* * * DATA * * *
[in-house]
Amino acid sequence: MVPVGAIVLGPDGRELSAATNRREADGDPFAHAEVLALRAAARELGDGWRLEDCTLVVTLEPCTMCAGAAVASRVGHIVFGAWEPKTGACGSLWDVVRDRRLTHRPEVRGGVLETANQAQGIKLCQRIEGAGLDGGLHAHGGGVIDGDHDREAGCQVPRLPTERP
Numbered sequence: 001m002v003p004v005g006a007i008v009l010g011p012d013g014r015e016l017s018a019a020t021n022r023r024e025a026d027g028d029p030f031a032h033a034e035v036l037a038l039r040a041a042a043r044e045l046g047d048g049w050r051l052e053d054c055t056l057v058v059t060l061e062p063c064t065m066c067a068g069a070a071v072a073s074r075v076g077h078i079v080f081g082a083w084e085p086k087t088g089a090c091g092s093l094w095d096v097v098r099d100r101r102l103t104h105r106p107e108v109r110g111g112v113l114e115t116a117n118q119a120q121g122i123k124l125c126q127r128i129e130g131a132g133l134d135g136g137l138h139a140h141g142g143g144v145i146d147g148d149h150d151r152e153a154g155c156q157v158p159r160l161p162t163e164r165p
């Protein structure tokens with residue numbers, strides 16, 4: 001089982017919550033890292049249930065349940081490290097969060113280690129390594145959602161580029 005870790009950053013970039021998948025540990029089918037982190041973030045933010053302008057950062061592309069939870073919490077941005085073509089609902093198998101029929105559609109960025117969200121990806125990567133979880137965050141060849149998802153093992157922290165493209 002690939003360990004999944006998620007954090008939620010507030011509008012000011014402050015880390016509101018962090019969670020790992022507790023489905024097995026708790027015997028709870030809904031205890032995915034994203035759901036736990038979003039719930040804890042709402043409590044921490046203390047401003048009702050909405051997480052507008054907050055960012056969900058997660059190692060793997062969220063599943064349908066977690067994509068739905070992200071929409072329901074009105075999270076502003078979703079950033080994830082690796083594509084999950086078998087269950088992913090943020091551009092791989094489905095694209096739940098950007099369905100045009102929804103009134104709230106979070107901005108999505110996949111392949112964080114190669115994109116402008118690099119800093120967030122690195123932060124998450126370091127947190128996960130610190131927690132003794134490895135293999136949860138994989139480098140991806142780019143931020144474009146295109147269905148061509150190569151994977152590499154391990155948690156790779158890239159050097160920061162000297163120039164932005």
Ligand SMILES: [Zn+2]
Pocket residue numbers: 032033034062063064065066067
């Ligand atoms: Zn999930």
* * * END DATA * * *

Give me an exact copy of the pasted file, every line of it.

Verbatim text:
[in-house]
Amino acid sequence: MVPVGAIVLGPDGRELSAATNRREADGDPFAHAEVLALRAAARELGDGWRLEDCTLVVTLEPCTMCAGAAVASRVGHIVFGAWEPKTGACGSLWDVVRDRRLTHRPEVRGGVLETANQAQGIKLCQRIEGAGLDGGLHAHGGGVIDGDHDREAGCQVPRLPTERP
Numbered sequence: 001m002v003p004v005g006a007i008v009l010g011p012d013g014r015e016l017s018a019a020t021n022r023r024e025a026d027g028d029p030f031a032h033a034e035v036l037a038l039r040a041a042a043r044e045l046g047d048g049w050r051l052e053d054c055t056l057v058v059t060l061e062p063c064t065m066c067a068g069a070a071v072a073s074r075v076g077h078i079v080f081g082a083w084e085p086k087t088g089a090c091g092s093l094w095d096v097v098r099d100r101r102l103t104h105r106p107e108v109r110g111g112v113l114e115t116a117n118q119a120q121g122i123k124l125c126q127r128i129e130g131a132g133l134d135g136g137l138h139a140h141g142g143g144v145i146d147g148d149h150d151r152e153a154g155c156q157v158p159r160l161p162t163e164r165p
């Protein structure tokens with residue numbers, strides 16, 4: 001089982017919550033890292049249930065349940081490290097969060113280690129390594145959602161580029 005870790009950053013970039021998948025540990029089918037982190041973030045933010053302008057950062061592309069939870073919490077941005085073509089609902093198998101029929105559609109960025117969200121990806125990567133979880137965050141060849149998802153093992157922290165493209 002690939003360990004999944006998620007954090008939620010507030011509008012000011014402050015880390016509101018962090019969670020790992022507790023489905024097995026708790027015997028709870030809904031205890032995915034994203035759901036736990038979003039719930040804890042709402043409590044921490046203390047401003048009702050909405051997480052507008054907050055960012056969900058997660059190692060793997062969220063599943064349908066977690067994509068739905070992200071929409072329901074009105075999270076502003078979703079950033080994830082690796083594509084999950086078998087269950088992913090943020091551009092791989094489905095694209096739940098950007099369905100045009102929804103009134104709230106979070107901005108999505110996949111392949112964080114190669115994109116402008118690099119800093120967030122690195123932060124998450126370091127947190128996960130610190131927690132003794134490895135293999136949860138994989139480098140991806142780019143931020144474009146295109147269905148061509150190569151994977152590499154391990155948690156790779158890239159050097160920061162000297163120039164932005």
Ligand SMILES: [Zn+2]
Pocket residue numbers: 032033034062063064065066067
């Ligand atoms: Zn999930």